Buying Photos: Size, Color, Etc.

Thank you for considering buying one of my photos. That's a compliment that I don't mind saying is more valuable than any money (sorry, though: still can't give them away for free). So again, thank you!

I want you to have the best quality print possible. Here are some ways I try to make that happen. Please read about print sizes before starting to place an order!

•  Product selection: I’m a traditionalist. The photographs here are meant to be printed on paper or canvas, and are available flat for mounting, already mounted, or as wall art.

•  Print sizes:THIS IS IMPORTANT! My photos are cropped to content, not to standard print sizes. Double check sizing when ordering by using the Edit Crop tool in your cart at the end of check out. The tool lets you test how a photo fits the print size you selected. If necessary, cancel out and click Return to Photo, then use the Buy Photo button to find a more suitable print size. With menus for both standard and non-standard sizes, you have a broad size range to select from. As a final safeguard, a “proof delay” after you place your order lets me double-check the crop and if necessary suggest an alternative. This helps avoid disappointment or misunderstanding. Don't hesitate to get in touch if you have questions!

•  Prints look different on screen & on paperWhen printed , photos "soften" as the inks are absorbed by the paper or canvas. Photographers adjust for this using a process called sharpening, which ensures that details are protected in the final print. But sharpening means images intended for printing often look a bit "crunchy" on computer screens, which inherently show more detail than paper. Don't let that "crunchiness" worry you. It will disappear in the final print.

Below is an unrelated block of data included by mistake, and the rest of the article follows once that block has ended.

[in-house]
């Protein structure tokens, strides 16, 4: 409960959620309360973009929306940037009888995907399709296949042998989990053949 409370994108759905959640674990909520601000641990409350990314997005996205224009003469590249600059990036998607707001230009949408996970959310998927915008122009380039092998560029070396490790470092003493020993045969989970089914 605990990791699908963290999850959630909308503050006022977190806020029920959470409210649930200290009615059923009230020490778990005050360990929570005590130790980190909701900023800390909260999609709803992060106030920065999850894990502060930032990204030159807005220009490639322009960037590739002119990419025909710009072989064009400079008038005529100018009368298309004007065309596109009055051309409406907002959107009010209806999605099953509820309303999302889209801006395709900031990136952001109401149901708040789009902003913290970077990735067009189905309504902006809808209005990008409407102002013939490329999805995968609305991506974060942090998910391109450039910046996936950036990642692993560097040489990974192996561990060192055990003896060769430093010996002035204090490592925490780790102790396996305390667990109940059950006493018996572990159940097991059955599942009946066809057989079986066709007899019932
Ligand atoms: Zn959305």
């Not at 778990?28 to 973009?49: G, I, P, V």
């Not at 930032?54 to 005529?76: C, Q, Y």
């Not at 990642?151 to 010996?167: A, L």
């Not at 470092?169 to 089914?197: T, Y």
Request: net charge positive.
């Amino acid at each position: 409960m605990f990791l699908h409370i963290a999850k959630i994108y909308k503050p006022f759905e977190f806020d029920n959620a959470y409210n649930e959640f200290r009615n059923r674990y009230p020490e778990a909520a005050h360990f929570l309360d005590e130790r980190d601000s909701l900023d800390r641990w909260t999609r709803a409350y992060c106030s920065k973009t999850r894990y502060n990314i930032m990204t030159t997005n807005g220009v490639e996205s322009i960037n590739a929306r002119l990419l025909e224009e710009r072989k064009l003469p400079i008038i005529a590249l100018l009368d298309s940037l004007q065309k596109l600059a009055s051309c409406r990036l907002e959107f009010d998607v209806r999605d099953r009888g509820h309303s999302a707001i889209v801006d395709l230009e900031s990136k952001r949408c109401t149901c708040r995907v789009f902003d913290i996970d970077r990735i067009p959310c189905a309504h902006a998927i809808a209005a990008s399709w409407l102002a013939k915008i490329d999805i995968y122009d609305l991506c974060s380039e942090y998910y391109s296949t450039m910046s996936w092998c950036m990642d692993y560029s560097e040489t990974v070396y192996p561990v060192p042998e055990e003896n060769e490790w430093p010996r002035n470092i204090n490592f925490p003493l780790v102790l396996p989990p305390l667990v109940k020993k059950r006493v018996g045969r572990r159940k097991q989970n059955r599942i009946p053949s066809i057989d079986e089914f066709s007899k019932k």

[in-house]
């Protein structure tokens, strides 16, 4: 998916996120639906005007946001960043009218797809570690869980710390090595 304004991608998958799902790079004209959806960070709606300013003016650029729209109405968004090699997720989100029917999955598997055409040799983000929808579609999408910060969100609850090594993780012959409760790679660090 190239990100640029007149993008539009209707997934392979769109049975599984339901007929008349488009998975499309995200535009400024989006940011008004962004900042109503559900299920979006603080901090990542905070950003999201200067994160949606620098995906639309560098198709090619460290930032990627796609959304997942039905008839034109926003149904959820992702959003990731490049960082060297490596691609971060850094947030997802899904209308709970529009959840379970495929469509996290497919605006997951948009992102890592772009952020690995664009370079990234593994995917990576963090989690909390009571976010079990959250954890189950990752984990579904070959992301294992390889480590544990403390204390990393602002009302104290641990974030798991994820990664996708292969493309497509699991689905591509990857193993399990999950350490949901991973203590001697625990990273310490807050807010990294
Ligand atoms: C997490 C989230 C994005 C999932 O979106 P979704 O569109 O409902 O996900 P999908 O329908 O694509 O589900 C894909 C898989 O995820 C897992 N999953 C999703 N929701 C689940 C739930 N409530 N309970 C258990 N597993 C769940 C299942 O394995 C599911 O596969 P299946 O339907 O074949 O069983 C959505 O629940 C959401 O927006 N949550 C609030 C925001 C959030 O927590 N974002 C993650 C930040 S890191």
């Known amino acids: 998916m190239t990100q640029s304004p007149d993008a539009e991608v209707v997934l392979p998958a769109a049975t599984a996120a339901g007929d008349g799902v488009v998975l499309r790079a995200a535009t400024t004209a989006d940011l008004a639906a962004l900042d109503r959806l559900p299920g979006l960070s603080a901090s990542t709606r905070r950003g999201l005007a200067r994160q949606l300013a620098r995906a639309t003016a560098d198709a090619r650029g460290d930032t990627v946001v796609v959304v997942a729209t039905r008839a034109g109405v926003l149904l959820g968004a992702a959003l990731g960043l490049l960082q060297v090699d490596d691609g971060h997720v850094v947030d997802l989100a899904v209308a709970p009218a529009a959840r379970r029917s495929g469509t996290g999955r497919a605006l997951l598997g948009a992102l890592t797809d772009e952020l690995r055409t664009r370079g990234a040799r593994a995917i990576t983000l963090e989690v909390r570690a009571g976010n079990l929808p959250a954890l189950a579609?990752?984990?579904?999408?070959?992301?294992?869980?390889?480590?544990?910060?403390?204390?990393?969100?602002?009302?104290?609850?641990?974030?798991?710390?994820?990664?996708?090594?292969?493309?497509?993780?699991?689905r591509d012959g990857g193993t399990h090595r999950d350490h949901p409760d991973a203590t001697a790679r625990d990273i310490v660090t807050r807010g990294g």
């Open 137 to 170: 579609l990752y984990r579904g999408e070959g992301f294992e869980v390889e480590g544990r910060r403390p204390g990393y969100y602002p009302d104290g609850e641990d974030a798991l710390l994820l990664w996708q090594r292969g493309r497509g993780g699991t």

•  Color & tone corrections: The color correction option is turned off to preserve original colors and tones. These frequently vary widely from monitor to monitor (LCD monitors are often too bright, for example, affecting both colors and tones; laptop displays are especially problematic). Judging the need for color and tone correction is therefore often difficult. Your starting point is how an image is rendered by your monitor, which will be different from how my monitor rendered it during processing. But not to  worry: So long as the original image has been properly processed, the file sent to the print lab contains all the information necessary to produce accurate colors and tones. On this, see immediately below.

•  Print lab: Exclusively White House Custom Colour. I’ve used WHCC since 2007 for show, competition, and commercial prints because WHCC's print quality and color consistency are excellent. Each photo posted here has been processed using a display calibrated regularly to ensure the photo’s original tones and colors are reproduced as exactly as possible on WHCC’s photographic printers. I do regular test prints to confirm this.

•  Paper types: Different types of photographs seem better suited for specific paper types (IMHO, of course). High key, high detail, high contrast, or more journalistic images do better on glossier papers. Softer, lower key, moodier, more nuanced images work better on lustre and matte paper. I'm not a fan of metallic papers, so won't comment. My regular work goes mostly on lustre and matte papers. There are no absolute rules here, so use the paper most appealing to you. But this you already knew.

•  Questions? Use the contact link below to get in touch and I'll do my best to answer them.

(rev. 4/17/21)

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